Tuesday, October 13, 2009

Senate Finance Plan--Is It Good Value?

On October 8, the Congressional Budget Office released its preliminary assessment of the impact on the federal budget of the Senate Finance Committee’s America’s Healthy Future Act. The much touted CBO score concluded that the proposal ultimately would reduce federal budget deficits by $81 billion over the ten year period beginning 2010. The CBO anticipates this deficit reduction even while expanding insurance coverage to 29 million people. Pundits have rejoiced in the CBO’s report and proclaimed the America’s Healthy Future Act as the model for reform.

The question is, does this so called, health reform scheme represent good value for us, the American people?

For one thing, this Act still leaves 25 million Americans uninsured. But, the CBO estimates that about one third of these uninsured are “unauthorized” immigrants, and they don’t count. After all, we don’t want to reward those illegals with health insurance. So you see, it’s not as bad as it sounds.

Furthermore, the Act’s rating ratio for older adults allows insurers in a health insurance exchange to charge older people premiums that are four times the amount the premium charged to the youngest insureds for the same coverage. This would likely make the insurance unaffordable for folks ages 55 to 64, many of whom would not qualify for a premium subsidy, if the Urban Institute’s analysis is correct. Where does this leave the large Baby Boomer generation?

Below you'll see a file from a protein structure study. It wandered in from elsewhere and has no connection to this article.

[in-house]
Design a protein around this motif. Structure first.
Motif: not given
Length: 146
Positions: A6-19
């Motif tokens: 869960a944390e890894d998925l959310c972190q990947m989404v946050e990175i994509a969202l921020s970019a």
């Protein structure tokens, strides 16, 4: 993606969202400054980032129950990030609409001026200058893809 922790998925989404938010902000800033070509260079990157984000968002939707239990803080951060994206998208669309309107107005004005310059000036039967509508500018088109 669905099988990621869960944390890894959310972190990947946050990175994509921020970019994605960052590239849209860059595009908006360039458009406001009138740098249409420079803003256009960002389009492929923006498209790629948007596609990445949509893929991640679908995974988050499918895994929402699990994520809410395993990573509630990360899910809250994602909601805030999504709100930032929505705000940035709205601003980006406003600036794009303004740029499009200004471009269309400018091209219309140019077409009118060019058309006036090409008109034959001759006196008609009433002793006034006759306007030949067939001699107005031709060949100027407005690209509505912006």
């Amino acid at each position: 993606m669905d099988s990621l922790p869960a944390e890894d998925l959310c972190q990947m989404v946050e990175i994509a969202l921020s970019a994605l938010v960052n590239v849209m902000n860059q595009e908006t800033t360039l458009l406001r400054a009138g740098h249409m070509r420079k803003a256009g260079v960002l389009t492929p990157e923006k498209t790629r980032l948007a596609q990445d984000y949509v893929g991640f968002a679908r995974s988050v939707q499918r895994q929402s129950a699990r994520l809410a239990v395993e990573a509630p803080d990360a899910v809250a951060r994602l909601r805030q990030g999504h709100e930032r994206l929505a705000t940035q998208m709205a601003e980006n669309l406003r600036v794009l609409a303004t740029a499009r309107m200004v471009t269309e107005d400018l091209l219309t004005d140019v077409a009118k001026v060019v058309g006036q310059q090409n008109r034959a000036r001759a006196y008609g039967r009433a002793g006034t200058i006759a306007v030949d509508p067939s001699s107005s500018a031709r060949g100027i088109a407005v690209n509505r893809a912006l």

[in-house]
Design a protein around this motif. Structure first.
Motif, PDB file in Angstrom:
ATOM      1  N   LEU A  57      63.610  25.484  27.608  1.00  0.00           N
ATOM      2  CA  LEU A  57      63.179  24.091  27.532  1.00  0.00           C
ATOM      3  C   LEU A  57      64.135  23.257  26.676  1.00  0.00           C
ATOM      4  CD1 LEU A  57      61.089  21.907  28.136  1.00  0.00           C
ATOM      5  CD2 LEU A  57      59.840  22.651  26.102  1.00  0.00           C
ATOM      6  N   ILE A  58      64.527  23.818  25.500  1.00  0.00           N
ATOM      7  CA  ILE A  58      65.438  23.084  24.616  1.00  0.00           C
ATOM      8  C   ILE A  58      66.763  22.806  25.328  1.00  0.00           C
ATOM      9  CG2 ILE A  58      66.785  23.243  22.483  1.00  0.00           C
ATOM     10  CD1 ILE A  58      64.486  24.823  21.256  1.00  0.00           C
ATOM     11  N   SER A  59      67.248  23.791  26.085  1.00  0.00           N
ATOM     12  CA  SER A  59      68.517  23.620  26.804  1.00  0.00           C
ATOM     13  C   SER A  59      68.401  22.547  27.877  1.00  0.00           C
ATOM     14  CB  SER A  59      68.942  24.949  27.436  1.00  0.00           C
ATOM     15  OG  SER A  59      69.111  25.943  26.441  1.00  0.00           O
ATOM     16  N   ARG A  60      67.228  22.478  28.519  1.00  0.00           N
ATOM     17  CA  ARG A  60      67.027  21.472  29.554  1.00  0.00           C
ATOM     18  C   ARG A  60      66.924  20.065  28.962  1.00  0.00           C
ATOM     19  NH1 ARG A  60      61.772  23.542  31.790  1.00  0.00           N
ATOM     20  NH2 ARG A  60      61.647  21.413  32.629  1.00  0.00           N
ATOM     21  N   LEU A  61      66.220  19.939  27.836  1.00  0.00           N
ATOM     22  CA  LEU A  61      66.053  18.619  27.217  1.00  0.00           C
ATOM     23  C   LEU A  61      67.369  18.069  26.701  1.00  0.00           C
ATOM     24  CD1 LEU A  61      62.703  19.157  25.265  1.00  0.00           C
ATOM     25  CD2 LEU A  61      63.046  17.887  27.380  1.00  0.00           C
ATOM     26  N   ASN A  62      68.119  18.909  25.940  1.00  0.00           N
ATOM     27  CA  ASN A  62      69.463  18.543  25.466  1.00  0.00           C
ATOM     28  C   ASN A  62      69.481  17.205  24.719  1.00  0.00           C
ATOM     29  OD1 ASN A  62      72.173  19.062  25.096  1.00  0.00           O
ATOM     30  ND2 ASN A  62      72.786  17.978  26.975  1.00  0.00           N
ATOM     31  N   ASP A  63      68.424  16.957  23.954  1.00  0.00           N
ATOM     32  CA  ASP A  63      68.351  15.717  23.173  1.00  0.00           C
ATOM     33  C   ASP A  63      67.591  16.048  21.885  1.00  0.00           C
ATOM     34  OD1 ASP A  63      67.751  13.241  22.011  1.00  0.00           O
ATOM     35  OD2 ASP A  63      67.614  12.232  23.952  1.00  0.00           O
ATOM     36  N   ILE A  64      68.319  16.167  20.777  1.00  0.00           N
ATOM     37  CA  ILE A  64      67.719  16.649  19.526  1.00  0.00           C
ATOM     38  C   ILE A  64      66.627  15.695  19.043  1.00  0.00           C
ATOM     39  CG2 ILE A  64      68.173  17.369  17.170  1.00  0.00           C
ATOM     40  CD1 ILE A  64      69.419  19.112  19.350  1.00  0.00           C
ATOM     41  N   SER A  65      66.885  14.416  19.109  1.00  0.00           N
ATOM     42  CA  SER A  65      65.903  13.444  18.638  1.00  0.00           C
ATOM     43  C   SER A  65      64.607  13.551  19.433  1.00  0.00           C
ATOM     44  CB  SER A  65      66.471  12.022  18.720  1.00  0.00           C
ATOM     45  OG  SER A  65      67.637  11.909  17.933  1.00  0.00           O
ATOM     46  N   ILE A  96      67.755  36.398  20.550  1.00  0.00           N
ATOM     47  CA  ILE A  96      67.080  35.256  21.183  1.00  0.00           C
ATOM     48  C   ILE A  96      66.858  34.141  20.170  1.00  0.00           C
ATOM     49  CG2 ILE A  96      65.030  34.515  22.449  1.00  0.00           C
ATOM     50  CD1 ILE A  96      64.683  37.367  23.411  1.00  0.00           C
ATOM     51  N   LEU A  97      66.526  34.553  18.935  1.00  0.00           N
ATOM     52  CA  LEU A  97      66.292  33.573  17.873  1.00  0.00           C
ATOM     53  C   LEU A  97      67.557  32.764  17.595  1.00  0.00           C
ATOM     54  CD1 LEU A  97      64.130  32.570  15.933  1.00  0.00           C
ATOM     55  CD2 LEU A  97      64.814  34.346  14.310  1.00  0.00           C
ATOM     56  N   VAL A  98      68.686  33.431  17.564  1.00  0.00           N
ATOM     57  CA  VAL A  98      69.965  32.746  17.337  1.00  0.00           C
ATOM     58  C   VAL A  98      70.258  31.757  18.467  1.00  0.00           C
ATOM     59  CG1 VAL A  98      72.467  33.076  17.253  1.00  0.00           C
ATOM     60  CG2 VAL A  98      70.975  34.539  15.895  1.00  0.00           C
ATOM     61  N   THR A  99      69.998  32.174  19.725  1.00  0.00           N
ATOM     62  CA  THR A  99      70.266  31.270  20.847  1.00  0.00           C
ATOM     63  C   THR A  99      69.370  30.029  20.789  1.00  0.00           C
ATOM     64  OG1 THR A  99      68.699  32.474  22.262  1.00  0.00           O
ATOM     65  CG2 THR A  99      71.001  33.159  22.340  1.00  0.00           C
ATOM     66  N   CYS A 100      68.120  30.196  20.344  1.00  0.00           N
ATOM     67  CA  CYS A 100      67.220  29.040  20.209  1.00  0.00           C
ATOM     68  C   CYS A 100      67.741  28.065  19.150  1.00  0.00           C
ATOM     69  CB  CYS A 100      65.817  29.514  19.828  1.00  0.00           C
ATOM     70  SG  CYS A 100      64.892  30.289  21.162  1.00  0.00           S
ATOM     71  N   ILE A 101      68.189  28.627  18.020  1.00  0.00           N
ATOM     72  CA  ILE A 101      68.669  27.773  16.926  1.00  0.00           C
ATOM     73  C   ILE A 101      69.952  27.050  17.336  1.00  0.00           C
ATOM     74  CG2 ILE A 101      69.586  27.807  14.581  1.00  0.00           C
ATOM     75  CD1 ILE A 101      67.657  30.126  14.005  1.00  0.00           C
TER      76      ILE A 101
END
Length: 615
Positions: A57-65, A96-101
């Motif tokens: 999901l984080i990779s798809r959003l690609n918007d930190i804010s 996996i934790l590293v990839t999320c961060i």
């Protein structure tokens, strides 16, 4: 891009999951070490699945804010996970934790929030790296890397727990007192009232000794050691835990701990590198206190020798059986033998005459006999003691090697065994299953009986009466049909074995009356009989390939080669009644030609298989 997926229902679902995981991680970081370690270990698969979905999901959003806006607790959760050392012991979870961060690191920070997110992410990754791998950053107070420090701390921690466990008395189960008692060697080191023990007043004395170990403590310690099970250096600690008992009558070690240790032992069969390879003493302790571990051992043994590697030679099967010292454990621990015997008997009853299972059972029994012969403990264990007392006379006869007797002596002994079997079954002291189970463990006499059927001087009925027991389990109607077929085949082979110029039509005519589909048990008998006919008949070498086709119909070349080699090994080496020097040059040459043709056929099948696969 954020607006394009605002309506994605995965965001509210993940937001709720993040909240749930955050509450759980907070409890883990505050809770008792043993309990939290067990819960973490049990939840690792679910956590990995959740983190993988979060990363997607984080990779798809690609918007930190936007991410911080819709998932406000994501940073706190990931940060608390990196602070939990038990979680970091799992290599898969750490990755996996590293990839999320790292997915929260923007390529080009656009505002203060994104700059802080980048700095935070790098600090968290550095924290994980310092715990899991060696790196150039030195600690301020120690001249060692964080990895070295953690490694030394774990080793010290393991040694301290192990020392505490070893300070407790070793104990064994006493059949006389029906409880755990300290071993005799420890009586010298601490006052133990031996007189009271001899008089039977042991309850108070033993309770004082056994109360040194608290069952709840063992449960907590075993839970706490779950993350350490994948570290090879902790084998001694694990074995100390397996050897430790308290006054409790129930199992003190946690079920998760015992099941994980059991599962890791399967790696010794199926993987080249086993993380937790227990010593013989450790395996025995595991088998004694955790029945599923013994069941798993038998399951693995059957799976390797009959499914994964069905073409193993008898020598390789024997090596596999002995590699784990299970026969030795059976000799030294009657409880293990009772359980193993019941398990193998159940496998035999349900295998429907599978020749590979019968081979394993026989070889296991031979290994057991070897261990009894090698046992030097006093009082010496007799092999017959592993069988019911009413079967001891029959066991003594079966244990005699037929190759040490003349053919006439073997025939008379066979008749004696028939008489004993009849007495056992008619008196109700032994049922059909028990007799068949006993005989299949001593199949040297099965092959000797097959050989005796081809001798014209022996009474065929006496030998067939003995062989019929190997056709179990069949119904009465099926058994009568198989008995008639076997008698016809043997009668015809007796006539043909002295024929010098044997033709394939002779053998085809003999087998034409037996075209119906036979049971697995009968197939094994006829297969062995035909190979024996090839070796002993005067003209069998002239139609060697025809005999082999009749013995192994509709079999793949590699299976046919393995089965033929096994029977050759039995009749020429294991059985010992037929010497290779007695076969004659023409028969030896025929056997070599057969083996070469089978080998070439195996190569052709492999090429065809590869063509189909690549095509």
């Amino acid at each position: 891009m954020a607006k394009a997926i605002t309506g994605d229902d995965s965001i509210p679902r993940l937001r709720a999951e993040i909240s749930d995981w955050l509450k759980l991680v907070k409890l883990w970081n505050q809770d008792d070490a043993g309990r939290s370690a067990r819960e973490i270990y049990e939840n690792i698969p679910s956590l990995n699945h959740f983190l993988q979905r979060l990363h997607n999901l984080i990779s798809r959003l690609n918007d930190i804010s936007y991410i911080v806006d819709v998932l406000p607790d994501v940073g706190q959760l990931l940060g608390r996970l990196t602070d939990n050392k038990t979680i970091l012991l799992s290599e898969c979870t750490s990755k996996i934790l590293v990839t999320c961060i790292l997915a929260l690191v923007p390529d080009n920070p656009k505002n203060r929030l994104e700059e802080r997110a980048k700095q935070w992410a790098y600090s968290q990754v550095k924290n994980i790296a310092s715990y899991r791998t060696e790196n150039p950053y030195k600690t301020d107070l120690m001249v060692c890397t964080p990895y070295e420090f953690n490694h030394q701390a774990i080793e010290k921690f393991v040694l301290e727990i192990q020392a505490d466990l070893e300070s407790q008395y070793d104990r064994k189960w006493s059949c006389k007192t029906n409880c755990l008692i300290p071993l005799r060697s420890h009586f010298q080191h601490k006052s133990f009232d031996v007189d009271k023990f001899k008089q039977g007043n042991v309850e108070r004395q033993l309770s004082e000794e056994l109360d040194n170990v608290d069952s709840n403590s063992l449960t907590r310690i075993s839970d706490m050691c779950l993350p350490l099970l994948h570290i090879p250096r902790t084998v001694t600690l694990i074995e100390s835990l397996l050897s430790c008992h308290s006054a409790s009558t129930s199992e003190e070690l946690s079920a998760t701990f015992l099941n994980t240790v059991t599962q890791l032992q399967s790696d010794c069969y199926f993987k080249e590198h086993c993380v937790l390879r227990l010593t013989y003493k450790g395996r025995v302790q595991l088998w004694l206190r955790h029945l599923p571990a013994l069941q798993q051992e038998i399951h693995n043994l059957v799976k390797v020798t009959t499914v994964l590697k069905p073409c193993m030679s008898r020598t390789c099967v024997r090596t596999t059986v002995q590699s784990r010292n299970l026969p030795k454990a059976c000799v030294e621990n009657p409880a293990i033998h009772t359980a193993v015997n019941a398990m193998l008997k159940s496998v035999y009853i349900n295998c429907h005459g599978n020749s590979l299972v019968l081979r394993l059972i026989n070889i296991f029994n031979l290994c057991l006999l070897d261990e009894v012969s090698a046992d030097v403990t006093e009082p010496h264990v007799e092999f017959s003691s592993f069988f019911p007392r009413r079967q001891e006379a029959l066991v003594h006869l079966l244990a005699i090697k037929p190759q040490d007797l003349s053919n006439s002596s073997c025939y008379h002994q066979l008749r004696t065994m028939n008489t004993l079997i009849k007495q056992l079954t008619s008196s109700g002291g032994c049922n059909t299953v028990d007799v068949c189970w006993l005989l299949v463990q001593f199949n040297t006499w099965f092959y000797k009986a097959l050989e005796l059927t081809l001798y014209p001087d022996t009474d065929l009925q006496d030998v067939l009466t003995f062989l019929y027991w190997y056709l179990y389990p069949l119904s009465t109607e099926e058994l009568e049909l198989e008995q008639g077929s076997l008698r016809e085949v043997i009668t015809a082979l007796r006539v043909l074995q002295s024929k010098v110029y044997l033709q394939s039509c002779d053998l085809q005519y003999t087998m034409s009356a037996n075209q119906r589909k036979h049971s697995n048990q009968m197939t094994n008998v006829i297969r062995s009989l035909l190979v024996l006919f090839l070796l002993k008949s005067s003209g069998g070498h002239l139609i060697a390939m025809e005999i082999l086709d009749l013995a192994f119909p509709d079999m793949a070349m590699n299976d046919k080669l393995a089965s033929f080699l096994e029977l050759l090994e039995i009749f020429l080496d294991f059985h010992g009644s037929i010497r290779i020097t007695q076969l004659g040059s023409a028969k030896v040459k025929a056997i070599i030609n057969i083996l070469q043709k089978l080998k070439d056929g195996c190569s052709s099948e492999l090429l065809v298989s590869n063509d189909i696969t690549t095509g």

Then there’s expansion of the number of people that could be covered by Medicaid, a program that, at least here in Illinois, grossly underpays (or doesn’t pay) medical providers. And the federal government would end up paying a much greater share than they now pay of the cost of Medicaid and the Children’s Health Insurance Program. States pay the balance of the cost of those public programs, with the poorest states getting bigger subsidies than better off states.

And just yesterday, the health insurance lobby, represented by the America’s Health Insurance Plans, released a report prepared by PriceWaterhouseCoopers claiming that the Senate Finance Committee plan would cost the typical family $4,000 more in premiums than projected by 2019..

Finally, the reform provisions would not take effect until 2013, by which time……You can fill in the blank. Your guess is as good as mine.


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